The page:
Clinical use of topical anesthetics in children gas jewelry

A general approach to the management of pain and sedation in children, and prevention and treatment of neonatal pain are discussed elsewhere. (See "Evaluation and management of pain in children" and "Prevention and treatment of neonatal pain".)

Local anesthetics work by reversibly blocking sodium channels within the nerve fibers, which prevents transmission of pain signals by disrupting depolarization of the nerve (see "Subcutaneous infiltration of local anesthetics", section on ‘Anatomy and physiology’). In the skin, these nerve fibers are located in the dermis and epidermis and are covered by the water impermeable stratum corneum. Topical anesthetics overcome this barrier by either passive diffusion from creams or gels or the use of needle-free methods such as pressured gas drug delivery, heat-enhanced diffusion, or iontophoresis [ 1].

General principles — Painful procedures, such as venipuncture, intravenous (IV) cannulation, intramuscular (IM) injection, laceration repair, and lumbar puncture (LP) are common in pediatrics and cause distress to children and their parents. The stress response to pain is associated with metabolic and hormonal changes that are attenuated by local anesthetics [ 2,3].

Local anesthetics can be injected; however, topical analgesics, either topical anesthetics or vapocoolant spray can be applied without needles and can reduce the need for physical and chemical restraints [ 4]. These agents also avoid the tissue distortion that occurs with infiltrated anesthetics [ 5]. As discussed below, the selection of the topical anesthetic primarily depends upon the type and urgency of the procedure, the provider’s knowledge and comfort with different types of application procedures, and patient preference ( table 1).

• Smith GA, Strausbaugh SD, Harbeck-Weber C, et al. Comparison of topical anesthetics without cocaine to tetracaine-adrenaline-cocaine and lidocaine infiltration during repair of lacerations: bupivacaine-norepinephrine is an effective new topical anesthetic agent. Pediatrics 1996; 97:301.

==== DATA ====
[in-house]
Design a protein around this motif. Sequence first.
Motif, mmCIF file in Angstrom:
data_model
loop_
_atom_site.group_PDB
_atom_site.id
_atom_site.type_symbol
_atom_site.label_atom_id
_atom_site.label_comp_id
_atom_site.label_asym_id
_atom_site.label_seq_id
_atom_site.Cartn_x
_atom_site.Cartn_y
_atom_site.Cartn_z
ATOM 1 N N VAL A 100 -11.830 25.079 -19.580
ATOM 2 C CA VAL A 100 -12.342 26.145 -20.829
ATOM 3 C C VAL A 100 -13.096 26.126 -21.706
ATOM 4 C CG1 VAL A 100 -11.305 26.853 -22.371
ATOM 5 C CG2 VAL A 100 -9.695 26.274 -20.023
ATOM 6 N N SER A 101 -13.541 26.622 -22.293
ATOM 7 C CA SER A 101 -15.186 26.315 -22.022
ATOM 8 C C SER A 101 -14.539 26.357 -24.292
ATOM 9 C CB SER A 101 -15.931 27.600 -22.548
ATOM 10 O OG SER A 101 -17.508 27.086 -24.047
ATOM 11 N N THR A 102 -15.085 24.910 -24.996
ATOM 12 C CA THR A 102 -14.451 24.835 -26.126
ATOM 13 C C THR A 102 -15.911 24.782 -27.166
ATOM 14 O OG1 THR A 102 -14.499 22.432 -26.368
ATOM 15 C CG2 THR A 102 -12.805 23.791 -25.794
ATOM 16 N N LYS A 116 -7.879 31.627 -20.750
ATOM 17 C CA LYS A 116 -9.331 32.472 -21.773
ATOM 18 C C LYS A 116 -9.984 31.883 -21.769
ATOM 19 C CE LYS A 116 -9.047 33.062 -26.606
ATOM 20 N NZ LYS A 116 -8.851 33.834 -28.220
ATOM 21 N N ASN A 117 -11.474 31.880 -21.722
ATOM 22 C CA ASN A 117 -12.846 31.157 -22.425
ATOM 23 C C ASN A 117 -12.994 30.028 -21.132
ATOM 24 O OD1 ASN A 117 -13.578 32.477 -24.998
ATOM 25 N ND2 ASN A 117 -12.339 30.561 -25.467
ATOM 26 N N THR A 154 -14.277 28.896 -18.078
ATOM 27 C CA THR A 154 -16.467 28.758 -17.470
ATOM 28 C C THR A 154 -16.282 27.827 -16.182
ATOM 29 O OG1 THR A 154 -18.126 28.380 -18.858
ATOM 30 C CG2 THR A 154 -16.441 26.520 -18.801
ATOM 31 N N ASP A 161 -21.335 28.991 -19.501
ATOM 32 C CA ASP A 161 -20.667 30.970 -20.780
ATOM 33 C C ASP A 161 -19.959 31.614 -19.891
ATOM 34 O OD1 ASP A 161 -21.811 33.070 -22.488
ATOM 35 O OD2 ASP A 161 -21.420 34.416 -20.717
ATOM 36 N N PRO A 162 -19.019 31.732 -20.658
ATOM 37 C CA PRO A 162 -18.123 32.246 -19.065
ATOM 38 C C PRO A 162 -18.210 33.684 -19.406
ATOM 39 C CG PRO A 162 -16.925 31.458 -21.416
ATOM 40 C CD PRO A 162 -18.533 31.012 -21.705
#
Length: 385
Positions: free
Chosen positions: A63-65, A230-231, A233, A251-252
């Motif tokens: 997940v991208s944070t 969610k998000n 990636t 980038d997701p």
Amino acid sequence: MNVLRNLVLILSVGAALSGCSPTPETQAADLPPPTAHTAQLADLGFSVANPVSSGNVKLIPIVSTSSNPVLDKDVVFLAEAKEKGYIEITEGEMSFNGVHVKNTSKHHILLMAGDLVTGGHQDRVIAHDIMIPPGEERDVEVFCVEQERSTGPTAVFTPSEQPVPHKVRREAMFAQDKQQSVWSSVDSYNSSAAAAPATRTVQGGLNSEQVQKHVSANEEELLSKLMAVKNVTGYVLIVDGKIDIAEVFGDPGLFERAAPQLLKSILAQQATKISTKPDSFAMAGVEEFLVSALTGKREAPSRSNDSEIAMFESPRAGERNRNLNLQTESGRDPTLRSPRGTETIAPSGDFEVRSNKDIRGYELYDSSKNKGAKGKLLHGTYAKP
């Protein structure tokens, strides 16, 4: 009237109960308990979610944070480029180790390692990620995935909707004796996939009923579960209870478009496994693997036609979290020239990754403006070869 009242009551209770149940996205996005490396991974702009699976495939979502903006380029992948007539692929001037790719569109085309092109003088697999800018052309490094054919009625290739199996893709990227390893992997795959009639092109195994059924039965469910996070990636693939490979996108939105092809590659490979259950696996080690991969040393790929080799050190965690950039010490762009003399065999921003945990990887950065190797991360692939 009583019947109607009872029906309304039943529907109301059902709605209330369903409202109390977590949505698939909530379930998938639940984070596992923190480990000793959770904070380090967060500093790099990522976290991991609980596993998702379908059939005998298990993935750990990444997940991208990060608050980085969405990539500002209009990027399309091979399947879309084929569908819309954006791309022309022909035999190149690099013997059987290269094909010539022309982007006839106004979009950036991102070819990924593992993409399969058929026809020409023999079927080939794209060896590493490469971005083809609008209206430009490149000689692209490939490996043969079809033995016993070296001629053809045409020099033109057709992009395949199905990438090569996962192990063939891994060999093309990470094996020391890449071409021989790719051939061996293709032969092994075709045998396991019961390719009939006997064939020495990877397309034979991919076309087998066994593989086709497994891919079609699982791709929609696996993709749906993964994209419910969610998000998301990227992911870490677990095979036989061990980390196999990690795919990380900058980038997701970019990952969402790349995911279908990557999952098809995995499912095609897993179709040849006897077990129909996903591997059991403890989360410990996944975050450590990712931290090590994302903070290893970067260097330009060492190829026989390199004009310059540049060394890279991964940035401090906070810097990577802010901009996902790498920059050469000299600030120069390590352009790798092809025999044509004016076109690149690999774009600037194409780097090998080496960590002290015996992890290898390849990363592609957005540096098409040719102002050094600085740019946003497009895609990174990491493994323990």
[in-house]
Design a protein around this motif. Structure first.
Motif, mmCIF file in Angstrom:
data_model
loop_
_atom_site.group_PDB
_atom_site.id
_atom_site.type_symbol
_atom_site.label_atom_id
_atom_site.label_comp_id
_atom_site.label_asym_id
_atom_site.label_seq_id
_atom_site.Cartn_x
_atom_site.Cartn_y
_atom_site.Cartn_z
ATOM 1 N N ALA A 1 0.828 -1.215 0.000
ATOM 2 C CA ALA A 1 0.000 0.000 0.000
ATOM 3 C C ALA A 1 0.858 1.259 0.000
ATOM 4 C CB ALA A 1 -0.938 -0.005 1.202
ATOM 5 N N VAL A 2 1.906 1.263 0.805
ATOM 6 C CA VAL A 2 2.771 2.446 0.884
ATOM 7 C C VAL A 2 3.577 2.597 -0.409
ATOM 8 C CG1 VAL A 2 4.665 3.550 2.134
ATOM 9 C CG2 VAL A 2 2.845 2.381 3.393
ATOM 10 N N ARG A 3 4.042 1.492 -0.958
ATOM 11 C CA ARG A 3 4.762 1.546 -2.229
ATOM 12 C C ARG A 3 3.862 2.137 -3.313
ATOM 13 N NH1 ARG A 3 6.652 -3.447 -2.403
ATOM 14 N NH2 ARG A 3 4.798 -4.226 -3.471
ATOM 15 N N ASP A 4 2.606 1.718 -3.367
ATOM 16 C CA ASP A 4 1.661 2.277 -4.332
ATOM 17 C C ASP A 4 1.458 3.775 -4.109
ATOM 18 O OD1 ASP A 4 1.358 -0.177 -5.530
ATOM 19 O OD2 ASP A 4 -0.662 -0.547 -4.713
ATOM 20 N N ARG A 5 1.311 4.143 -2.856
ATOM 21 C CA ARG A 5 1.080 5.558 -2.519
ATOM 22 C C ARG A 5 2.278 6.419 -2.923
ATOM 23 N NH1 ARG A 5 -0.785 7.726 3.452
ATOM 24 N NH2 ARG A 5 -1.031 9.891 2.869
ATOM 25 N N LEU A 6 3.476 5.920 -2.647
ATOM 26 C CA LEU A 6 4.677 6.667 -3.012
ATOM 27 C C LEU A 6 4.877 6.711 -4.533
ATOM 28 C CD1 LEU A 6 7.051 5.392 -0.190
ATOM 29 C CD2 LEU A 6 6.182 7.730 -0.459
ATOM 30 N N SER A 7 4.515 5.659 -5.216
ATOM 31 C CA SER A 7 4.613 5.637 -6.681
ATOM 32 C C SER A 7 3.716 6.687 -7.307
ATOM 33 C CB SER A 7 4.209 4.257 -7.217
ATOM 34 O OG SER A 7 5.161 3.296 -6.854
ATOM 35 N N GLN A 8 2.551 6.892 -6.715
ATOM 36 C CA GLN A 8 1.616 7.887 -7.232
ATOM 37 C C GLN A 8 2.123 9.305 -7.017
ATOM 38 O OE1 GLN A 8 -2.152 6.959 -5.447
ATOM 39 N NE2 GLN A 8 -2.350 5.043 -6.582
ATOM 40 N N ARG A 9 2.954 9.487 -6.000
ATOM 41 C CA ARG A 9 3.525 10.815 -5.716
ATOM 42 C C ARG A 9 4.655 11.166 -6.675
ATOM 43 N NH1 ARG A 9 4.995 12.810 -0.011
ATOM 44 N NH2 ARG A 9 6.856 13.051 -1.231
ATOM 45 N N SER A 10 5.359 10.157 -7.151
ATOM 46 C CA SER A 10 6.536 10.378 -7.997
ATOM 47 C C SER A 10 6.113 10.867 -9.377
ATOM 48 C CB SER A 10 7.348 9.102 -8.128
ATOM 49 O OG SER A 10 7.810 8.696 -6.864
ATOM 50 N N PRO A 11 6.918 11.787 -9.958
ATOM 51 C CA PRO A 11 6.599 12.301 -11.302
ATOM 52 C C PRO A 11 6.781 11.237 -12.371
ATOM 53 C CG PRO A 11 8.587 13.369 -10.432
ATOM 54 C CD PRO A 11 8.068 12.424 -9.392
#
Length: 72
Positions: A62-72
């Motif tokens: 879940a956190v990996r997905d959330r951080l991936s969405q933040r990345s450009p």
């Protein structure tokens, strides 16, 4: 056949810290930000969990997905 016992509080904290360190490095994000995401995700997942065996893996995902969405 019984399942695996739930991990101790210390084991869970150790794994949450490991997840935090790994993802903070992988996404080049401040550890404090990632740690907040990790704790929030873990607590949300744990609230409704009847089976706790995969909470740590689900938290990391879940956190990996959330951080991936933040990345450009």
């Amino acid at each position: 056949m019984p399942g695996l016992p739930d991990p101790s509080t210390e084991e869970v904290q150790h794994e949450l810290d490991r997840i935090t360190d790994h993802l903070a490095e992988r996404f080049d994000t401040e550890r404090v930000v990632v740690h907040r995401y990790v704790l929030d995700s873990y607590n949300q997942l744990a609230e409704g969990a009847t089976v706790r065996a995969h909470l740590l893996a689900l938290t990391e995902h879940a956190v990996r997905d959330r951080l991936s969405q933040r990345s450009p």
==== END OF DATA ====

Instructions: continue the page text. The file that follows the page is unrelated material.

• Eichenfield LF, Funk A, Fallon-Friedlander S, Cunningham BB. A clinical study to evaluate the efficacy of ELA-Max (4% liposomal lidocaine) as compared with eutectic mixture of local anesthetics cream for pain reduction of venipuncture in children. Pediatrics 2002; 109:1093.

• Zempsky WT, Bean-Lijewski J, Kauffman RE, et al. Needle-free powder lidocaine delivery system provides rapid effective analgesia for venipuncture or cannulation pain in children: randomized, double-blind Comparison of Venipuncture and Venous Cannulation Pain After Fast-Onset Needle-Free Powder Lidocaine or Placebo Treatment trial. Pediatrics 2008; 121:979.

• Zempsky WT, Cravero JP, American Academy of Pediatrics Committee on Pediatric Emergency Medicine and Section on Anesthesiology and Pain Medicine. Relief of pain and anxiety in pediatric patients in emergency medical systems. Pediatrics 2004; 114:1348.

• Sridharan K, Sivaramakrishnan G. Pharmacological interventions for reducing pain related to immunization or intramuscular injection in children: A mixed treatment comparison network meta-analysis of randomized controlled clinical trials. J Child Health Care 2018; :1367493518760735.

• Milani AS, Zand V, Abdollahi AA, et al. Effect of Topical Anesthesia with Lidocaine-prilocaine (EMLA) Cream and Local Pressure on Pain during Infiltration Injection for Maxillary Canines: A Randomized Double-blind clinical trial. J Contemp Dent Pract 2016; 17:592.